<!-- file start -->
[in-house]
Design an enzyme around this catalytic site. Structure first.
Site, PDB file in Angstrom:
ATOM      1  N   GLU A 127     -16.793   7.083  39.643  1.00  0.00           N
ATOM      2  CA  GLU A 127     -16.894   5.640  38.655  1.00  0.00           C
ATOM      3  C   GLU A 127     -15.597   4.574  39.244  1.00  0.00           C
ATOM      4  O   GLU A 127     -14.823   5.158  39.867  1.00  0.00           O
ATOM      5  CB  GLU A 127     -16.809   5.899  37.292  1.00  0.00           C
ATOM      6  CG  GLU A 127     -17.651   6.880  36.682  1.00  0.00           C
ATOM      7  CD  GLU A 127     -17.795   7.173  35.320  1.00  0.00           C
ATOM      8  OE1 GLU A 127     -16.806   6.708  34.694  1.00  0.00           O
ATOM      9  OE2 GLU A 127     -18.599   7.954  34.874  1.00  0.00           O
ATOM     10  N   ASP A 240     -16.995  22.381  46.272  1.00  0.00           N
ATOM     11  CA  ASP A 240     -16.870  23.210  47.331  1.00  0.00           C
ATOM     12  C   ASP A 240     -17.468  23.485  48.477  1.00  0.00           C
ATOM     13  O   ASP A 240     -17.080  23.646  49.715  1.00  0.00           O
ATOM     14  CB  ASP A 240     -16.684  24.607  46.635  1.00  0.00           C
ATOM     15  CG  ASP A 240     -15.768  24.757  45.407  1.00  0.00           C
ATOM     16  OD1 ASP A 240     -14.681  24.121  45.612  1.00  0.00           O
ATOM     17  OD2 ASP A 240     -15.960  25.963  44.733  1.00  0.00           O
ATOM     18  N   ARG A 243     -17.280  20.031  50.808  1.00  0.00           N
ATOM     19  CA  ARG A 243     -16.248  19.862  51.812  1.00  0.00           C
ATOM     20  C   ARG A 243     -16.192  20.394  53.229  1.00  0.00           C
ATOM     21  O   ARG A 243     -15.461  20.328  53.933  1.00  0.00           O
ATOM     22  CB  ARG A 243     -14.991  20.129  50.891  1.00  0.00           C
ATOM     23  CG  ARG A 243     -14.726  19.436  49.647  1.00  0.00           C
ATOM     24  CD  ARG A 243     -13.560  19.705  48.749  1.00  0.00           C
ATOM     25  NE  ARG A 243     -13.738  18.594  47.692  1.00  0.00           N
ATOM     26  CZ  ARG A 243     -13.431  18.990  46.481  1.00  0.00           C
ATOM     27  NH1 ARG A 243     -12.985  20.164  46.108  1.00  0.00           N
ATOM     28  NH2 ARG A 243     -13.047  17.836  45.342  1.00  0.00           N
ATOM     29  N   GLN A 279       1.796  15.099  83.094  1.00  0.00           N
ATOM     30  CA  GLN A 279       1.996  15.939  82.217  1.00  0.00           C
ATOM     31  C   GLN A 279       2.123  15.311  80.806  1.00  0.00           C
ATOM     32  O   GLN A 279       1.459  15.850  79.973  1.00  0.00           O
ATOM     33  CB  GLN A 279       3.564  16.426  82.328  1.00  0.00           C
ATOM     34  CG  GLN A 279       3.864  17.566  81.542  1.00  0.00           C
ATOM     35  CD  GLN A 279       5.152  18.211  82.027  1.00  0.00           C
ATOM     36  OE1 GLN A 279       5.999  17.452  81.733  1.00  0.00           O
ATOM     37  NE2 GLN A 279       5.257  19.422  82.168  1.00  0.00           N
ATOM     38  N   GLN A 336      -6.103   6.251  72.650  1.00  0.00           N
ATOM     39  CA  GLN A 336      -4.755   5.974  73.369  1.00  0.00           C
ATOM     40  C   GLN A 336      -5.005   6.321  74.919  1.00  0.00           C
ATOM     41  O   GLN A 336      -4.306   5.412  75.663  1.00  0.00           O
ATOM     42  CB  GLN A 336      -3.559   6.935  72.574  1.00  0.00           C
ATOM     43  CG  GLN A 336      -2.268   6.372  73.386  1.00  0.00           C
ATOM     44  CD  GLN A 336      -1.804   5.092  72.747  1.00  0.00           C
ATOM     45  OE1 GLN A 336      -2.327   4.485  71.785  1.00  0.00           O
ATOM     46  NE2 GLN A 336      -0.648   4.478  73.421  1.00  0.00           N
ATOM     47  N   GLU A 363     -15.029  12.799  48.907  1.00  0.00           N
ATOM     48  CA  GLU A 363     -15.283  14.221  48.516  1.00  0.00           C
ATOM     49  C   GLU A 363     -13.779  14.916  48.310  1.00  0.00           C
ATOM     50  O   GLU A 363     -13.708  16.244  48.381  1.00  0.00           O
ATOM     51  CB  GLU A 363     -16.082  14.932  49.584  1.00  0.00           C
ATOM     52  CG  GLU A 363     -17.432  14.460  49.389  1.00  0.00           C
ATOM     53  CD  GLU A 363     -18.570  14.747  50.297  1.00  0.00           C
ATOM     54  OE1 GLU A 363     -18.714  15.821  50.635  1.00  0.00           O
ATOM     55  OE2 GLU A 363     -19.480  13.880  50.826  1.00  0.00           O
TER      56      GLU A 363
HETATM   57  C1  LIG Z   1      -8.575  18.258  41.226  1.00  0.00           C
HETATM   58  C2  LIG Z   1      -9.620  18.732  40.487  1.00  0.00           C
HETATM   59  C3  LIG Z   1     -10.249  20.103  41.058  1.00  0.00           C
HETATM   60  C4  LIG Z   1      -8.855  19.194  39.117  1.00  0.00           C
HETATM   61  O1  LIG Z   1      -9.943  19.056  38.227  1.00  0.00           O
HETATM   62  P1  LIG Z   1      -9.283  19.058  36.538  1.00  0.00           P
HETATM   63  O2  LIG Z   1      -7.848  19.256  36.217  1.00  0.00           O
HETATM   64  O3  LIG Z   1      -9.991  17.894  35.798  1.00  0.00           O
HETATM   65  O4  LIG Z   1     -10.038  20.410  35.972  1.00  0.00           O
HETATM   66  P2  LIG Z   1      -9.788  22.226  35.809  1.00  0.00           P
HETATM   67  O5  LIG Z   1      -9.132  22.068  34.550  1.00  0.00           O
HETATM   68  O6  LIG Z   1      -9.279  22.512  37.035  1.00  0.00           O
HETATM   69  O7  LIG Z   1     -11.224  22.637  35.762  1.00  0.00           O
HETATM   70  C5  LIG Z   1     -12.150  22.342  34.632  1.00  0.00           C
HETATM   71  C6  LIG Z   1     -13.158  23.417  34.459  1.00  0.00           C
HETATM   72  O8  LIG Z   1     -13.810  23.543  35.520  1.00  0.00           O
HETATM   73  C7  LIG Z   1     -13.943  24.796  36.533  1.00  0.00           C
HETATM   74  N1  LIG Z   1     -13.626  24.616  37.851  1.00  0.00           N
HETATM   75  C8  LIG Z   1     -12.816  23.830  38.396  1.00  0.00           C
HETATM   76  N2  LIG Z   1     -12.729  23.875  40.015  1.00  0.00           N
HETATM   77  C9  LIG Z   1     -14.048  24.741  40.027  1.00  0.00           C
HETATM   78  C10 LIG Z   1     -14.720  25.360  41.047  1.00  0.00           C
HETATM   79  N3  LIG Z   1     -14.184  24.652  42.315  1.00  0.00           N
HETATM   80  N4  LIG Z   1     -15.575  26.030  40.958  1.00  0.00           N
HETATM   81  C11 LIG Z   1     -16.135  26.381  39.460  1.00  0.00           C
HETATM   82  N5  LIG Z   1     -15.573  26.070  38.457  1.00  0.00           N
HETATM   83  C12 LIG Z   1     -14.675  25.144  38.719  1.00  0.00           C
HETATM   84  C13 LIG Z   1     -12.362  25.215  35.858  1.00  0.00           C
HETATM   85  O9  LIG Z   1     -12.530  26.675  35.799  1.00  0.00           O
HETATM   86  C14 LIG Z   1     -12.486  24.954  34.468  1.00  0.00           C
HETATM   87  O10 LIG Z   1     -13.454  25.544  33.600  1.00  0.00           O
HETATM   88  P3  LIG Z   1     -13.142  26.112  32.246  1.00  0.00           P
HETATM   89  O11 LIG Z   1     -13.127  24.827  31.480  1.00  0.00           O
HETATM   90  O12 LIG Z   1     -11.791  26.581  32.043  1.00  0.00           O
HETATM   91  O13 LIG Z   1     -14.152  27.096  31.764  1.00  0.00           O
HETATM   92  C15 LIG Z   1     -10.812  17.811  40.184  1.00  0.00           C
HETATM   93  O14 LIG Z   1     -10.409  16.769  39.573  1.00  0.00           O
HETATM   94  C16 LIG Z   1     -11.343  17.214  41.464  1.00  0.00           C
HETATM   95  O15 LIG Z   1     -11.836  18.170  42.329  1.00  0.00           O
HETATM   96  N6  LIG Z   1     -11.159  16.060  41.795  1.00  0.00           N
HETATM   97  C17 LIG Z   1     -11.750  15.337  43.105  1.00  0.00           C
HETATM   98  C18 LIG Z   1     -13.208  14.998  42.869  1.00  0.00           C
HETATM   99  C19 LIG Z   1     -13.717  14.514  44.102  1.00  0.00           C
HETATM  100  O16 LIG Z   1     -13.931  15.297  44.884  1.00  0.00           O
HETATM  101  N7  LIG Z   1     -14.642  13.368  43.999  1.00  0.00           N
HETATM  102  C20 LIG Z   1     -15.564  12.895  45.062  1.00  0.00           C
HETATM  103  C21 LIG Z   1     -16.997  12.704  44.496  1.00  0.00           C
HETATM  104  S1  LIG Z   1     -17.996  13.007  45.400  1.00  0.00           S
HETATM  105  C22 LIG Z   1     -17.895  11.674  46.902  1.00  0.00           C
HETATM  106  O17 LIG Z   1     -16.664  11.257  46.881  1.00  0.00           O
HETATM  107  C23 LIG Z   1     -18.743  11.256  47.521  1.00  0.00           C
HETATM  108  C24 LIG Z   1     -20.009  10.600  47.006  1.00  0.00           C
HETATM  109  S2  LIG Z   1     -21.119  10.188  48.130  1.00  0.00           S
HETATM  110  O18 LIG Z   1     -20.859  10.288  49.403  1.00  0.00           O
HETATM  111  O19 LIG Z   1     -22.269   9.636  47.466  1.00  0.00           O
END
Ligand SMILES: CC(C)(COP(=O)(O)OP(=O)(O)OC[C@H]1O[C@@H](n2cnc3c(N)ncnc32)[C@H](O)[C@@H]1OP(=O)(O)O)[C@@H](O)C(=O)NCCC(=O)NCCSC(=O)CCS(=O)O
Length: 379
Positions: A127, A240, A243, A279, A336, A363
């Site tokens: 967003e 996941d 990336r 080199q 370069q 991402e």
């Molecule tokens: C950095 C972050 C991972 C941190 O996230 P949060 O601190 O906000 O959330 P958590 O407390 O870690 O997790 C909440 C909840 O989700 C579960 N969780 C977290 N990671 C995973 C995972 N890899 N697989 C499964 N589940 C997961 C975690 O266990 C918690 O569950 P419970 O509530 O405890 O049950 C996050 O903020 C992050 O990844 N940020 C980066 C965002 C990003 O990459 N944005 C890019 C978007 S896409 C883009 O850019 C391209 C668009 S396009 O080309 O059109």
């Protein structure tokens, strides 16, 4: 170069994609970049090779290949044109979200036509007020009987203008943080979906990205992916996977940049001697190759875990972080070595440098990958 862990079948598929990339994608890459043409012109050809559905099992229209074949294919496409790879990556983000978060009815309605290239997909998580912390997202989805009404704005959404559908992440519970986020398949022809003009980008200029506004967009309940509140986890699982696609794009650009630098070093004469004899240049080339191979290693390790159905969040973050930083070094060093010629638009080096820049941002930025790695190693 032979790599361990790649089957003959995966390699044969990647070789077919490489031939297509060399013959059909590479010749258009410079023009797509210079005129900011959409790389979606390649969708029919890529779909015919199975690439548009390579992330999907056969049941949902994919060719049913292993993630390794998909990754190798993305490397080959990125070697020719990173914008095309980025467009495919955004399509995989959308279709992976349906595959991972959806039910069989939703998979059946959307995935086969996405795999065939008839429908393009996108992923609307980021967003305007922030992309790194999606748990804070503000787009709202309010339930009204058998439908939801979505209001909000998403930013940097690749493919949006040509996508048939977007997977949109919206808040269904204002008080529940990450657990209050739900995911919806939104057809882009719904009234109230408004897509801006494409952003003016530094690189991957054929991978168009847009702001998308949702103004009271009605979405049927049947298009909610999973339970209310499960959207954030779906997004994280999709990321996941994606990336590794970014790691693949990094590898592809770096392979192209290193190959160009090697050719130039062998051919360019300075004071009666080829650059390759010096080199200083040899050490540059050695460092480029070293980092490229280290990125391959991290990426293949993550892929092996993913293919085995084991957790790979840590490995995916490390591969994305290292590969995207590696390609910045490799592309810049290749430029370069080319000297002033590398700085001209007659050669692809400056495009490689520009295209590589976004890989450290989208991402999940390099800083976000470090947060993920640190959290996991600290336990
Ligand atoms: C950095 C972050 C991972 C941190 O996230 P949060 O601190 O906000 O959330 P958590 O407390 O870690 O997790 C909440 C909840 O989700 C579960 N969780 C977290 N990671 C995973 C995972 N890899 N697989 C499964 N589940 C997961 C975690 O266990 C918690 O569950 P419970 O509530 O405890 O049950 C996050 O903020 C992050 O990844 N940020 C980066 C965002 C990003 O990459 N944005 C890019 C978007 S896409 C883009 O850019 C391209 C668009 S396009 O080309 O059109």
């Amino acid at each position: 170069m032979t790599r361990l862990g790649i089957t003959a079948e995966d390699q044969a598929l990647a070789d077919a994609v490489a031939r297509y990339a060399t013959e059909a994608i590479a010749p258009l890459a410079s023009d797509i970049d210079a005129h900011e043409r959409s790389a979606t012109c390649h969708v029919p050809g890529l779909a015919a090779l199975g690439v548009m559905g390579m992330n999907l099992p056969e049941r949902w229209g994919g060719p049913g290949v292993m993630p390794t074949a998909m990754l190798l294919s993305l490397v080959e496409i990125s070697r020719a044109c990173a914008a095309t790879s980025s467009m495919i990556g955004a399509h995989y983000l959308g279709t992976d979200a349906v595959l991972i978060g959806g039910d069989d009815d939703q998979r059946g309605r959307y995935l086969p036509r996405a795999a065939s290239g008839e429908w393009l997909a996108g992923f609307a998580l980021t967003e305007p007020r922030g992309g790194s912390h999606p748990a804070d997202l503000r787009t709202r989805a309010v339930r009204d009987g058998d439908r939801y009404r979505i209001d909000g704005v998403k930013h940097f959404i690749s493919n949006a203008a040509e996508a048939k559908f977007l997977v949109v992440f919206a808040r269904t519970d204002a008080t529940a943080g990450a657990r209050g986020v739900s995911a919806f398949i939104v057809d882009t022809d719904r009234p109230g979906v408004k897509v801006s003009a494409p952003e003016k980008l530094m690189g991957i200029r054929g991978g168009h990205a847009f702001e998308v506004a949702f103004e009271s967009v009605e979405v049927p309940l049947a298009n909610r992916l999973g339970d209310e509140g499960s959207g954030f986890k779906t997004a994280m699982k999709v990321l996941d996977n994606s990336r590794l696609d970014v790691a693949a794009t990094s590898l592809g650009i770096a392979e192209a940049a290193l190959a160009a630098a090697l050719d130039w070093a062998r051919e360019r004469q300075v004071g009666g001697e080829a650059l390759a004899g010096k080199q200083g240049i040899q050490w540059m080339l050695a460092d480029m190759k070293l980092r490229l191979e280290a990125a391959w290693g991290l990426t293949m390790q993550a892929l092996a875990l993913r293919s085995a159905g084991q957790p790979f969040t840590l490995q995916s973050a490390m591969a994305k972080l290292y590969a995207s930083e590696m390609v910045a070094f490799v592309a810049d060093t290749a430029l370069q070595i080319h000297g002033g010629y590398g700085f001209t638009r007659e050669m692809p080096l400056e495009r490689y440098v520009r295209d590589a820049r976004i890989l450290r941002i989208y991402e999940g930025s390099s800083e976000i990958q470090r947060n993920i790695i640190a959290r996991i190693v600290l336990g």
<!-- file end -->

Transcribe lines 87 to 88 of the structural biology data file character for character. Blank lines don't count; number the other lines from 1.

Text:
HETATM   84  C13 LIG Z   1     -12.362  25.215  35.858  1.00  0.00           C
HETATM   85  O9  LIG Z   1     -12.530  26.675  35.799  1.00  0.00           O